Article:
LA’s new Civil and Human Rights Department aims to tackle systemic racism

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Capri Maddox, executive director of LA’s Civil and Human Rights Department, says her office is meant to address systemic racism when it comes to commerce, employment, education, and housing in LA. Photo courtesy of the City of Los Angeles.

How unequal is Los Angeles? There’s a new city office with a mandate to find out. The Civil and Human Rights Department was created in February by Mayor Eric Garetti and the LA City Council.  

KCRW speaks with Capri Maddox, the new department’s executive director. 

“Our department is really to address systemic racism as it relates to commerce, employment, education, and housing within the city of Los Angeles. In addition, we are interested in reducing hate crimes and hate incidents in our region. And finally, we want to move forward to an upward mobility plan, so that we can level the playing field for our residents,” she says. 

She continues, “Systemic racism has been a part of our society for so long as it relates to employment, upward mobility opportunities; as it relates to middle class positions, middle class jobs, and the opportunity for more of our students students of color to go to college and to make a difference in society.”

Referencing the Anti-Defamation League, she says hate crimes are at an all time high since 1979. 

“I received two police reports just within the last 72 hours. And those crimes were against the transgender population. These violations are happening on a regular basis,” she says. “And hate speech is something that is prevalent as well. We know that the climate for blatant racism and discrimination has seemed to grow in the last few years.”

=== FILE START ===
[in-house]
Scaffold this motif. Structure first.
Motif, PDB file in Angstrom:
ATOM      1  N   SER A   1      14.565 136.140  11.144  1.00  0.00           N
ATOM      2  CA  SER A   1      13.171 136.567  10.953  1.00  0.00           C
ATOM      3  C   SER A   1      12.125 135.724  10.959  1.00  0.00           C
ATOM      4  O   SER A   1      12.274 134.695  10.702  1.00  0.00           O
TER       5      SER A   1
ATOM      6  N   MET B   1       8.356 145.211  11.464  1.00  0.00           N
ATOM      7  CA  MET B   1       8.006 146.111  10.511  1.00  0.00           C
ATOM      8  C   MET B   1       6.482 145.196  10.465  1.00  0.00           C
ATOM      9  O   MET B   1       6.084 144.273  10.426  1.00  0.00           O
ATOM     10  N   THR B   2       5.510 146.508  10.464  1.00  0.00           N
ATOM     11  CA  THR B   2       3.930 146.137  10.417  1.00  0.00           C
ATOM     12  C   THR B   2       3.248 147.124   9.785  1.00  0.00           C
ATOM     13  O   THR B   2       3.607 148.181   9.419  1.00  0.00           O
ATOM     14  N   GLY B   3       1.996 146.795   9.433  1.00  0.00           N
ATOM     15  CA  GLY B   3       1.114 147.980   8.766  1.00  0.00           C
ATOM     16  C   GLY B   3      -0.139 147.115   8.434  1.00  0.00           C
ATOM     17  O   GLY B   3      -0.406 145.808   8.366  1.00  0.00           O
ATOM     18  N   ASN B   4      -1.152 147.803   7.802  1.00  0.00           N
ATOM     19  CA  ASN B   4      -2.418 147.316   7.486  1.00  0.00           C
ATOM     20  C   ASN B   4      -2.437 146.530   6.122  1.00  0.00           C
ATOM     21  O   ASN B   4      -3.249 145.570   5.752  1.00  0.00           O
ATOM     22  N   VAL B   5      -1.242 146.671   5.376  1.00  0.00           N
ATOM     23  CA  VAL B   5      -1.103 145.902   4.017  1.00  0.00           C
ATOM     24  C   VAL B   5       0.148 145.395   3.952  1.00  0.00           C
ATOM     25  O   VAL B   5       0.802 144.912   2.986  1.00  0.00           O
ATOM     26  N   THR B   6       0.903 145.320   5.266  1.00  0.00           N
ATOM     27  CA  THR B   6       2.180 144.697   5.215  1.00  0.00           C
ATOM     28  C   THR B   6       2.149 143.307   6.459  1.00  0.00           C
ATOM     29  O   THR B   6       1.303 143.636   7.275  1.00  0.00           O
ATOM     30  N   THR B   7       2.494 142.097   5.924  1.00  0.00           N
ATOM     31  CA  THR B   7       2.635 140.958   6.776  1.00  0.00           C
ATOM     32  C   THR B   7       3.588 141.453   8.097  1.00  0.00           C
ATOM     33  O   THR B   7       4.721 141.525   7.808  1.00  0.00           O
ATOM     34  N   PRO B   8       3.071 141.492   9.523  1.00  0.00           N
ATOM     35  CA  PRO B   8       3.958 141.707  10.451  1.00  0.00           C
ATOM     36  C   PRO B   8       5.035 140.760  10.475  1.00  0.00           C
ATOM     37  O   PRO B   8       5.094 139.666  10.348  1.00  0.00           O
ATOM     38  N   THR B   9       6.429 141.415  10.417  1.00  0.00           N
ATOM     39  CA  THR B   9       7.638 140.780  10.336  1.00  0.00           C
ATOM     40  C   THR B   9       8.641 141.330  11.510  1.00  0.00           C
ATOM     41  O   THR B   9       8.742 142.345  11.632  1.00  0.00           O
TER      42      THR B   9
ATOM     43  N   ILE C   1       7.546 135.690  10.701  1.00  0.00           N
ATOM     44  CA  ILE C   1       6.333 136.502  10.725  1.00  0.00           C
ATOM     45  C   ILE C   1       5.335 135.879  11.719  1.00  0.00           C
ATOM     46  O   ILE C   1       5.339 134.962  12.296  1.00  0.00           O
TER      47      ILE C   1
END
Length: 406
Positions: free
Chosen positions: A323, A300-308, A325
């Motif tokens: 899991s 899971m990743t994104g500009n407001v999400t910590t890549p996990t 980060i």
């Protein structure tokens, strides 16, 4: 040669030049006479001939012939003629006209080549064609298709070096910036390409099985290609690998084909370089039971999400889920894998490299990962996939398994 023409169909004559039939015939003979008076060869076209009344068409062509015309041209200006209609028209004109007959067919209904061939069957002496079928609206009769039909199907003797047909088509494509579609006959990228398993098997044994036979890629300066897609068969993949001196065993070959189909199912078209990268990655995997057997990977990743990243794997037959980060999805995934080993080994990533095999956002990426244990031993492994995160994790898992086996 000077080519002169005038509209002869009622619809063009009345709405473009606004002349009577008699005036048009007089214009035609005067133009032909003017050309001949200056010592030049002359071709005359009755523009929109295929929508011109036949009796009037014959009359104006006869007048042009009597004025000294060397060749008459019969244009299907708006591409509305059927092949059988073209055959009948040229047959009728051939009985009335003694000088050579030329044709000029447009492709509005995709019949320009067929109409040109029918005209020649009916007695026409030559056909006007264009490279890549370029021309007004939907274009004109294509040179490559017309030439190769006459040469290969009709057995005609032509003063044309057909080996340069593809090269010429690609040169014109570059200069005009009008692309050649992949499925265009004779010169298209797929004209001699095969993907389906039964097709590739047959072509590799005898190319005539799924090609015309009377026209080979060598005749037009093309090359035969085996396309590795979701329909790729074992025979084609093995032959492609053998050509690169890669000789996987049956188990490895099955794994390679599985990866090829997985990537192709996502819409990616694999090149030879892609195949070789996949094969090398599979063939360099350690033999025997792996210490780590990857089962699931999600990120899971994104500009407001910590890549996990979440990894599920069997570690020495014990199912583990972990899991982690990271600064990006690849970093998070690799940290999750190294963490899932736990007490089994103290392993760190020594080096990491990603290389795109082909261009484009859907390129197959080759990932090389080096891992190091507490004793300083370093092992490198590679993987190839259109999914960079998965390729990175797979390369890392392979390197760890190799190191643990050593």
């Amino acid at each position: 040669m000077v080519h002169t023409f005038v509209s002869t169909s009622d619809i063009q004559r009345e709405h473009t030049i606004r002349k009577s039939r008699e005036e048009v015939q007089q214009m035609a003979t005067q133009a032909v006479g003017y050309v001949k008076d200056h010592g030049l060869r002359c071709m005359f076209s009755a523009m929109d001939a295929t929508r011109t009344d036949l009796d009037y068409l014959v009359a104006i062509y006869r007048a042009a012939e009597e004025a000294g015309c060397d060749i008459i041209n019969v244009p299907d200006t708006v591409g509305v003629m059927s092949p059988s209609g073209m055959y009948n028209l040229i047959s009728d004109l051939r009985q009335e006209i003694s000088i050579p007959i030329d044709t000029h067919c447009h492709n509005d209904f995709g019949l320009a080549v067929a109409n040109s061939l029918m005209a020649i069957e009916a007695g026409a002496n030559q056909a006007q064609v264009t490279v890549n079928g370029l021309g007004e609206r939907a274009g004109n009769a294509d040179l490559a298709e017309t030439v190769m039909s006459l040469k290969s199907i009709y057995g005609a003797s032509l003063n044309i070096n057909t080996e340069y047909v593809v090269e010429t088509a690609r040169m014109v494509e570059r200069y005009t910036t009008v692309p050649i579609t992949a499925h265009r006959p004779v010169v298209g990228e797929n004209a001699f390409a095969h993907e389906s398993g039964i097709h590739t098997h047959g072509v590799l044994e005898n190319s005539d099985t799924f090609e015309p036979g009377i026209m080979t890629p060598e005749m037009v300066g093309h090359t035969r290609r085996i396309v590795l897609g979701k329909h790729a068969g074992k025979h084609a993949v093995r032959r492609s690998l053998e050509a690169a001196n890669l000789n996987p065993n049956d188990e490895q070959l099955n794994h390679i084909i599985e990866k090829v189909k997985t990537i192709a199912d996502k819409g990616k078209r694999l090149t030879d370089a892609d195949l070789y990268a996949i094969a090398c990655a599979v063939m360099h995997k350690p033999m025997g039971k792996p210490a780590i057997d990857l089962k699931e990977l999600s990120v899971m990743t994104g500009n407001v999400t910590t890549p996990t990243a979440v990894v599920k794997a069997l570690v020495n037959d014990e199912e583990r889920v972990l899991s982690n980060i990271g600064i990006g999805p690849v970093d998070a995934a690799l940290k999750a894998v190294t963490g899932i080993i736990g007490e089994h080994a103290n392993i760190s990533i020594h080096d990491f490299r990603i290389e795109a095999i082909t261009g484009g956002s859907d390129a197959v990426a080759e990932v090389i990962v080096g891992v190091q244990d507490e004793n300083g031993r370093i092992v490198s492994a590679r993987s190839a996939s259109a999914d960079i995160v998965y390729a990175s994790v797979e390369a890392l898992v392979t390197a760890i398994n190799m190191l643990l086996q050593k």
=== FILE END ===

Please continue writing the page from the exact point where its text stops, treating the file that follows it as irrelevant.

LA also recently passed a Civil And Human Rights Ordinance. Maddox explains that when someone’s rights are violated, her department will be able to bring forward a case. 

“Most instances, it seems that people will need more of a letter of concern, a mediation, and an opportunity to right the wrongs themselves. We want to have the tools for harsh enforcement up to $150,000. But we also want the opportunity to correct the behavior,” she says. 

Maddox says violations that involve violence or “other egregious instances,” her office can authorize fines as high as $250,000, and they can refer cases to other entities where fines are even higher.

For individuals who feel like they were discriminated against, they can ask  Maddox’s office to investigate. That only applies to private incidents, not public. 

“We do not focus on public entities. So the violations would have to be for a private school, a private business, or a private landlord, and of course a private employer. If you feel like … your rights have been violated in those areas, please contact us at the Civil and Human Rights Department,” she says. 

To contact the department, visit civilandhumanrights.la city.org.

—Written by Amy Ta, produced by Angie Perrin

Credits

Guest:
Capri Maddox - Los Angeles Department Of Civil and Human Rights

Host:
Madeleine Brand

Producers:
Sarah Sweeney, Michell Eloy, Amy Ta, Rosalie Atkinson, Brian Hardzinski, Angie Perrin